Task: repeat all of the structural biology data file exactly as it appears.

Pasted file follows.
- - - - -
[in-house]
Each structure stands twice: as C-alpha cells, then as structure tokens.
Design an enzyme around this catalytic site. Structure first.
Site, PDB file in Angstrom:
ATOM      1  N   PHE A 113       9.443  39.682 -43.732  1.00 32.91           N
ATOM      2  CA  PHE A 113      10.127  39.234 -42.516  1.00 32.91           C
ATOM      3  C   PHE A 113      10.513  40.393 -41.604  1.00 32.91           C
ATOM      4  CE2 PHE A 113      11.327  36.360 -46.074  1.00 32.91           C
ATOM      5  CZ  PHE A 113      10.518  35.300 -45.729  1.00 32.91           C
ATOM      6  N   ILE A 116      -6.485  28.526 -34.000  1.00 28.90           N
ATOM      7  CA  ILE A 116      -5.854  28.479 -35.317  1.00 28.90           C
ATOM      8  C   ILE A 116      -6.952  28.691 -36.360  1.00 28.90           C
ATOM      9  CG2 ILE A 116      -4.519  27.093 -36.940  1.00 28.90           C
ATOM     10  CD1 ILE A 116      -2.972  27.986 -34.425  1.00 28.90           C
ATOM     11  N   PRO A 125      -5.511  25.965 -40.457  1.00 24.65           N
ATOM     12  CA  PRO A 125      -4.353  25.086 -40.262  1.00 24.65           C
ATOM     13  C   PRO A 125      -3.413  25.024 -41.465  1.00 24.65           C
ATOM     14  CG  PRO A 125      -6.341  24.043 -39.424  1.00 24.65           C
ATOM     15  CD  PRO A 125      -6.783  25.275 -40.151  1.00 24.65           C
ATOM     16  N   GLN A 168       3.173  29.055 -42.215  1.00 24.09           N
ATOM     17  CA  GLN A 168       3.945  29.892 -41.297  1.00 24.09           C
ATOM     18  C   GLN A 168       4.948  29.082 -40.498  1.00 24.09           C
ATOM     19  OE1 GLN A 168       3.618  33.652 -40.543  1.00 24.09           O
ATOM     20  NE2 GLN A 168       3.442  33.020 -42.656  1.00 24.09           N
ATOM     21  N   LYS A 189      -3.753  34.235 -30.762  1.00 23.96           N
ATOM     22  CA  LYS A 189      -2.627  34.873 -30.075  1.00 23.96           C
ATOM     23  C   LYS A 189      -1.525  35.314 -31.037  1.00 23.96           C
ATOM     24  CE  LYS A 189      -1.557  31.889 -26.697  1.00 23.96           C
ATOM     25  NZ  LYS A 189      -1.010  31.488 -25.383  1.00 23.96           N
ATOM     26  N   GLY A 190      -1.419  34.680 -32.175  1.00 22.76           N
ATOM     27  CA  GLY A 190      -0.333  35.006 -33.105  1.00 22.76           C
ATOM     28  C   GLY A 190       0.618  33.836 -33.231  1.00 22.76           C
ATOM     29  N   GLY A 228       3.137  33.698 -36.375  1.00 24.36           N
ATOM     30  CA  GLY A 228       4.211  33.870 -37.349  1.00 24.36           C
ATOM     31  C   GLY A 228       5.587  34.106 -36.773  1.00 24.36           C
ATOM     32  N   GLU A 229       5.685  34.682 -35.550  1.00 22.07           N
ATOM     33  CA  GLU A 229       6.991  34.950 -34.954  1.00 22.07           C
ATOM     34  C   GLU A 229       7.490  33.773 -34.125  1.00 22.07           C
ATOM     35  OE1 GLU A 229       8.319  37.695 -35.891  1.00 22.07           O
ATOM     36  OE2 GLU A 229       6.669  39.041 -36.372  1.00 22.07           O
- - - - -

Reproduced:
[in-house]
Each structure stands twice: as C-alpha cells, then as structure tokens.
Design an enzyme around this catalytic site. Structure first.
Site, PDB file in Angstrom:
ATOM      1  N   PHE A 113       9.443  39.682 -43.732  1.00 32.91           N
ATOM      2  CA  PHE A 113      10.127  39.234 -42.516  1.00 32.91           C
ATOM      3  C   PHE A 113      10.513  40.393 -41.604  1.00 32.91           C
ATOM      4  CE2 PHE A 113      11.327  36.360 -46.074  1.00 32.91           C
ATOM      5  CZ  PHE A 113      10.518  35.300 -45.729  1.00 32.91           C
ATOM      6  N   ILE A 116      -6.485  28.526 -34.000  1.00 28.90           N
ATOM      7  CA  ILE A 116      -5.854  28.479 -35.317  1.00 28.90           C
ATOM      8  C   ILE A 116      -6.952  28.691 -36.360  1.00 28.90           C
ATOM      9  CG2 ILE A 116      -4.519  27.093 -36.940  1.00 28.90           C
ATOM     10  CD1 ILE A 116      -2.972  27.986 -34.425  1.00 28.90           C
ATOM     11  N   PRO A 125      -5.511  25.965 -40.457  1.00 24.65           N
ATOM     12  CA  PRO A 125      -4.353  25.086 -40.262  1.00 24.65           C
ATOM     13  C   PRO A 125      -3.413  25.024 -41.465  1.00 24.65           C
ATOM     14  CG  PRO A 125      -6.341  24.043 -39.424  1.00 24.65           C
ATOM     15  CD  PRO A 125      -6.783  25.275 -40.151  1.00 24.65           C
ATOM     16  N   GLN A 168       3.173  29.055 -42.215  1.00 24.09           N
ATOM     17  CA  GLN A 168       3.945  29.892 -41.297  1.00 24.09           C
ATOM     18  C   GLN A 168       4.948  29.082 -40.498  1.00 24.09           C
ATOM     19  OE1 GLN A 168       3.618  33.652 -40.543  1.00 24.09           O
ATOM     20  NE2 GLN A 168       3.442  33.020 -42.656  1.00 24.09           N
ATOM     21  N   LYS A 189      -3.753  34.235 -30.762  1.00 23.96           N
ATOM     22  CA  LYS A 189      -2.627  34.873 -30.075  1.00 23.96           C
ATOM     23  C   LYS A 189      -1.525  35.314 -31.037  1.00 23.96           C
ATOM     24  CE  LYS A 189      -1.557  31.889 -26.697  1.00 23.96           C
ATOM     25  NZ  LYS A 189      -1.010  31.488 -25.383  1.00 23.96           N
ATOM     26  N   GLY A 190      -1.419  34.680 -32.175  1.00 22.76           N
ATOM     27  CA  GLY A 190      -0.333  35.006 -33.105  1.00 22.76           C
ATOM     28  C   GLY A 190       0.618  33.836 -33.231  1.00 22.76           C
ATOM     29  N   GLY A 228       3.137  33.698 -36.375  1.00 24.36           N
ATOM     30  CA  GLY A 228       4.211  33.870 -37.349  1.00 24.36           C
ATOM     31  C   GLY A 228       5.587  34.106 -36.773  1.00 24.36           C
ATOM     32  N   GLU A 229       5.685  34.682 -35.550  1.00 22.07           N
ATOM     33  CA  GLU A 229       6.991  34.950 -34.954  1.00 22.07           C
ATOM     34  C   GLU A 229       7.490  33.773 -34.125  1.00 22.07           C
ATOM     35  OE1 GLU A 229       8.319  37.695 -35.891  1.00 22.07           O
ATOM     36  OE2 GLU A 229       6.669  39.041 -36.372  1.00 22.07           O